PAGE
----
I am pleased to share more thoughts about health risks for caregivers. In a previous post, I misquoted research done and it was picked up by reader Claude Thau of Kansas (if I’m remembering your home state correctly). The JAMA article I quoted actually indicated that caregivers had 63% higher mortality indicators than noncaregivers. I misquoted the article and I am happy to provide the clarification.
Certainly the point of the original post was that health risks for caregivers can and should be minimized — and that’s why I’m really happy to have Mr. Thau’s attention drive home the point once again.
I bring this message of “CAREGIVERS, SEEK WELLNESS” as a once-again (albeit temporary) caregiver myself. My 58-year old cousin from Dallas was diagnosed with younger-onset Alzheimer’s a few months ago. She has come to CT to have me teach her how to live with it. And so I am. But my heart stops when I “lose” her in the grocery store, even if for a moment. And my brain is distracted when I’m at work, wondering when she will reappear from volunteering with our residents. And I don’t sleep well, considering the financial strain every time she has an urge to buy something or gets up to use the restroom, or even rolls over in bed. And my heart aches with my 9-year old’s frustration when “Auntie P” wakes her up to check on her in the wee-hours of the morning. My dog loves her though as Pat feeds the dog breakfast again…(we had to hide the treats).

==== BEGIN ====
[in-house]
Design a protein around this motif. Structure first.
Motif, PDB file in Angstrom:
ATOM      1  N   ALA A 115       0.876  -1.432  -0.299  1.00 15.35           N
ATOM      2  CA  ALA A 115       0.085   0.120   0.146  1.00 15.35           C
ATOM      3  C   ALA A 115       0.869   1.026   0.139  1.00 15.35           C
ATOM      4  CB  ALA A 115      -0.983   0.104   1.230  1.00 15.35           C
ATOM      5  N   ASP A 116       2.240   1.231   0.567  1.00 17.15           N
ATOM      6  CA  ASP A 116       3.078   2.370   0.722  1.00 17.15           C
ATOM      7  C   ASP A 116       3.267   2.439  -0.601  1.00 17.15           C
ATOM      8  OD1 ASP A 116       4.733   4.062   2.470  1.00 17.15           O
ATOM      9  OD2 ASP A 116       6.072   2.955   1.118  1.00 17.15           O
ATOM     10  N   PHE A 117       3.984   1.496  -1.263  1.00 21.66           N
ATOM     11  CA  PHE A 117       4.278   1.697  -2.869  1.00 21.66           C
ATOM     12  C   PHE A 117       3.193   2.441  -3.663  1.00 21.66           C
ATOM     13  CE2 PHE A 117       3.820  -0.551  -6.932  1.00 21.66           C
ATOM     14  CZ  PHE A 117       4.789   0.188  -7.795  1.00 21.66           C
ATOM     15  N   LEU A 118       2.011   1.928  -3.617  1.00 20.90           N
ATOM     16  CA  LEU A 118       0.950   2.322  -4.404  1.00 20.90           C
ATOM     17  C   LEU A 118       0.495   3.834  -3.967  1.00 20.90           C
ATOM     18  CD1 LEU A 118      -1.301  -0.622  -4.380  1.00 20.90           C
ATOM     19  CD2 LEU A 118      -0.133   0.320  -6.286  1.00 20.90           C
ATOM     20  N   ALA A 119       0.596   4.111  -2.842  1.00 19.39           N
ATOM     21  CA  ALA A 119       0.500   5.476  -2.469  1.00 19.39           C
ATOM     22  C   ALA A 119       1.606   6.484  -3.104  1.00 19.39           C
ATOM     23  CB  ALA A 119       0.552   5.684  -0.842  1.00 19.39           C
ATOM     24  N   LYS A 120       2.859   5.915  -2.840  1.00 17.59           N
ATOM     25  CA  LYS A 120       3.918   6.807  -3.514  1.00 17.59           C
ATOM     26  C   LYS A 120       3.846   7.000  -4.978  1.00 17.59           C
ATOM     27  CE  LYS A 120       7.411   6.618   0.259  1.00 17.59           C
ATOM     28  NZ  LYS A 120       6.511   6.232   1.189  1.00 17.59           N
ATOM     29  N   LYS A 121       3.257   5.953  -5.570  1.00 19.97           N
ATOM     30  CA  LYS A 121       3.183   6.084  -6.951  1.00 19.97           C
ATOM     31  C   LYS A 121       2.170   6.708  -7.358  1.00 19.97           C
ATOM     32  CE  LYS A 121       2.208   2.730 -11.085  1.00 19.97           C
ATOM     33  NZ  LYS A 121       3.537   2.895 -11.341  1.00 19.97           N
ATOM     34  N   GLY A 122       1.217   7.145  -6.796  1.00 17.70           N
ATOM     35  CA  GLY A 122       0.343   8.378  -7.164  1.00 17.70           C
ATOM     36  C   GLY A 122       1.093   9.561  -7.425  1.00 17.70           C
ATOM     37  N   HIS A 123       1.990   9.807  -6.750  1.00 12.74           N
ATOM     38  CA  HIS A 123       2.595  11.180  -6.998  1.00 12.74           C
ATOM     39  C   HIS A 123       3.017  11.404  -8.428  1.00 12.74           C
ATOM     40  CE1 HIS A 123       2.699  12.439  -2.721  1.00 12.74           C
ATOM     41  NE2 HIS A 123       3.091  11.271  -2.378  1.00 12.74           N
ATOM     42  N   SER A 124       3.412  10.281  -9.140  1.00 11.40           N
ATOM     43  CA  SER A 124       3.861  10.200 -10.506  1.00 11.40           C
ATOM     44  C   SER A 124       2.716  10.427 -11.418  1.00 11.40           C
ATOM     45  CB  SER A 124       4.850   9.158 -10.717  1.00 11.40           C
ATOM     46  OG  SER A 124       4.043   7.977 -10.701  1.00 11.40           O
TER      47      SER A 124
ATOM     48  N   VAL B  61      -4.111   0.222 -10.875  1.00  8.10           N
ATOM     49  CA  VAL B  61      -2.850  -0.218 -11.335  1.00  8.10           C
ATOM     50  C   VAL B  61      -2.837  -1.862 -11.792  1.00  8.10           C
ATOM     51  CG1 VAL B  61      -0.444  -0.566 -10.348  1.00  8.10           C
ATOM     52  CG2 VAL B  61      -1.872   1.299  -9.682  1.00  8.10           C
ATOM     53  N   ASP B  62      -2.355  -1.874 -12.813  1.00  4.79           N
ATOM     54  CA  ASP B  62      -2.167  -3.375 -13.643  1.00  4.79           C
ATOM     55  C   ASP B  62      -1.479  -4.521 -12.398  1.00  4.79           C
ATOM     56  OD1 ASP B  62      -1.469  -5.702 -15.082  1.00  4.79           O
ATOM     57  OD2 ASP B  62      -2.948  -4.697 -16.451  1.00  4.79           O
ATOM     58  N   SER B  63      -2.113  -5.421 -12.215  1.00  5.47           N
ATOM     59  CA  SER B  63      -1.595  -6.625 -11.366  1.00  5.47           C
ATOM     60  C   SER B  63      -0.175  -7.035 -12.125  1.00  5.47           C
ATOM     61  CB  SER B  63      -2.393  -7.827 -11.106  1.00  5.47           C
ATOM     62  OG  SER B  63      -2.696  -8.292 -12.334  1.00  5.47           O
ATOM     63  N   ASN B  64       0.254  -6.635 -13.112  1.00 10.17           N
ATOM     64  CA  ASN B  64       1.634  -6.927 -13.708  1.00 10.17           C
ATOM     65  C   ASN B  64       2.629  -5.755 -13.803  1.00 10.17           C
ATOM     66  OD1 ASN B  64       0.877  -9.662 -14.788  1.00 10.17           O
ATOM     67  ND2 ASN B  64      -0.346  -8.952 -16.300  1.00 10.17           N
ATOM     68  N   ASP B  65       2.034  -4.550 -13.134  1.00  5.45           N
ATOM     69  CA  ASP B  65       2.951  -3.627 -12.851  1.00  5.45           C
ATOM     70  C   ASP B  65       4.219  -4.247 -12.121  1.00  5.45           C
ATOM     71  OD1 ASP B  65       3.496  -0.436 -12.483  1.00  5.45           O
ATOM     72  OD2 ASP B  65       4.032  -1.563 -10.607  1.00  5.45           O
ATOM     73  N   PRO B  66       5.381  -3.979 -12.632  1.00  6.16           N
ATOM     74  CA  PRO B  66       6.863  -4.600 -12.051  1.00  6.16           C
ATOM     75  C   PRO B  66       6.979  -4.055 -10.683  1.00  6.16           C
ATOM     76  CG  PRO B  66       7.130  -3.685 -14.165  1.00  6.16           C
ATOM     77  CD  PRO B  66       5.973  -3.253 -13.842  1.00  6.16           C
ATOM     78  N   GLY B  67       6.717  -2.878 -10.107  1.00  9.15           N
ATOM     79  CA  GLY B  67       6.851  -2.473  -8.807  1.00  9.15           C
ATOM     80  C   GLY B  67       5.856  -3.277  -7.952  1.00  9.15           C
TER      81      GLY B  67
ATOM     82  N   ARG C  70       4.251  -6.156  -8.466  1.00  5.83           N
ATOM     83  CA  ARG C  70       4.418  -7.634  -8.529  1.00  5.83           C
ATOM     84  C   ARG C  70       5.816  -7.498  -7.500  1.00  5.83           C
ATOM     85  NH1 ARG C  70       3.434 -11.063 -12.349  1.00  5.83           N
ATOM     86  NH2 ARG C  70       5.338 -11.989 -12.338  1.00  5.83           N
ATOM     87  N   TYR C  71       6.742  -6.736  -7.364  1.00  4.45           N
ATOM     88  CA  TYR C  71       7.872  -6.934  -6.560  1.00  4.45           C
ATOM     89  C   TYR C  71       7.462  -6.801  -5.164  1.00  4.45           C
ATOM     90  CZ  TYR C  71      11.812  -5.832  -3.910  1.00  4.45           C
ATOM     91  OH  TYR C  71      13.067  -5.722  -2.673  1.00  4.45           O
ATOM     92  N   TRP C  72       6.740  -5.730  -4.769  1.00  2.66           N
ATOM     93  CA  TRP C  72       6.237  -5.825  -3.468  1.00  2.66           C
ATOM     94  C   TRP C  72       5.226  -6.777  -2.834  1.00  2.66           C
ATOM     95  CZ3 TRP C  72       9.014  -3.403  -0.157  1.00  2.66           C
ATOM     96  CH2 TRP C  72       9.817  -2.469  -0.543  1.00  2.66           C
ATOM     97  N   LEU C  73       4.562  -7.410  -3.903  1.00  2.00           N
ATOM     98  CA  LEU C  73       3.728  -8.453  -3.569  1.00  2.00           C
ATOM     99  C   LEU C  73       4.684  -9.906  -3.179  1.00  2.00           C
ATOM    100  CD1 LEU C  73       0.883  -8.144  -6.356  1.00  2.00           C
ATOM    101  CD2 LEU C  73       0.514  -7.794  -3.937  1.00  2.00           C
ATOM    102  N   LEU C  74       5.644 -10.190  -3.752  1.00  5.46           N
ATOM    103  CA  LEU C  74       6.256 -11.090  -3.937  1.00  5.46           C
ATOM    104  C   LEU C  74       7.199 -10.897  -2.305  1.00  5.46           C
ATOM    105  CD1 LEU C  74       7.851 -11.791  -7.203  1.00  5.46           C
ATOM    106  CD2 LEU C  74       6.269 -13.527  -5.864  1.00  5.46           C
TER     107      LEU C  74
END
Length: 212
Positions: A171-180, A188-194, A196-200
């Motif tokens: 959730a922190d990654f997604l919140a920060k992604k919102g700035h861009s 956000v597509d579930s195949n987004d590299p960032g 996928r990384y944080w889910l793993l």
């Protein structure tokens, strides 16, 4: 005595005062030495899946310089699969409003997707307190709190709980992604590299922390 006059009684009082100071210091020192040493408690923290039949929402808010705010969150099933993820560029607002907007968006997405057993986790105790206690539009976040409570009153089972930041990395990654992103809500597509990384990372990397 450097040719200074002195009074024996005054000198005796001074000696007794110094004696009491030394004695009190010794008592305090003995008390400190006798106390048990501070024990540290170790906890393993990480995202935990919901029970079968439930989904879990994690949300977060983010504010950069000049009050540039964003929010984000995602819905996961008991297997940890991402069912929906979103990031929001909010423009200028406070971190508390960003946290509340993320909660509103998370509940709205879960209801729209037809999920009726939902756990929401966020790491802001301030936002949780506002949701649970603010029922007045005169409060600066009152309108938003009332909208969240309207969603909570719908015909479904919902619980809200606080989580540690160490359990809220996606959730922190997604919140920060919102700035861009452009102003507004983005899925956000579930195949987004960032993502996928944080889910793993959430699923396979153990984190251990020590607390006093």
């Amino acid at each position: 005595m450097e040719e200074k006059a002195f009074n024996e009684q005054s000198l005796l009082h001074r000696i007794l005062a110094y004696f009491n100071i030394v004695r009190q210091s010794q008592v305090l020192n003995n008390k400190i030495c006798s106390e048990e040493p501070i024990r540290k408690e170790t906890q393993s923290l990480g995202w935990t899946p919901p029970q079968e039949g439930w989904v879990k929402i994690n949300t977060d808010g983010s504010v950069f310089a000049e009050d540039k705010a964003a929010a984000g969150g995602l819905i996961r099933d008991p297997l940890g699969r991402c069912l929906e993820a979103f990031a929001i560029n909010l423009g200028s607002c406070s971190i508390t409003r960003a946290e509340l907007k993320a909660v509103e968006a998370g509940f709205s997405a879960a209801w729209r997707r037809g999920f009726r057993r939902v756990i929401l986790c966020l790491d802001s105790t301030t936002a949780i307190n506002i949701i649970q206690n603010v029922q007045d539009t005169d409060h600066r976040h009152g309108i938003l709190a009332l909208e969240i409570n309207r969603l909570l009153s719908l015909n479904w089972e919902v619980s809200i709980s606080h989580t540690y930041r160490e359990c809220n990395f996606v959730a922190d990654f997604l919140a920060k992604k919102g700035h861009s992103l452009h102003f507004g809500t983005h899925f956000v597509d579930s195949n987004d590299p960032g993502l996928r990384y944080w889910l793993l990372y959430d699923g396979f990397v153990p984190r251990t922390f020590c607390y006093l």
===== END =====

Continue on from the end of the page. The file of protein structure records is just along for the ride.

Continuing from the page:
So I know first hand how hard it is – but we MUST take time to get to our own MD visits, do some tai chi before they wake up in the am, rest and rejoice with friends through support groups – or journal to get it out of your system. Be well caregivers, in any way you can when you can. We are here to support you and will help you think of ways to minimize your risk factors. Check www.agingcareacademy.org for more ideas.
And now I’m off to schedule my overdue mammogram – thank you Ms. Sarah, secretary on our Dementia Special Care Unit for reminding me that I’m important too!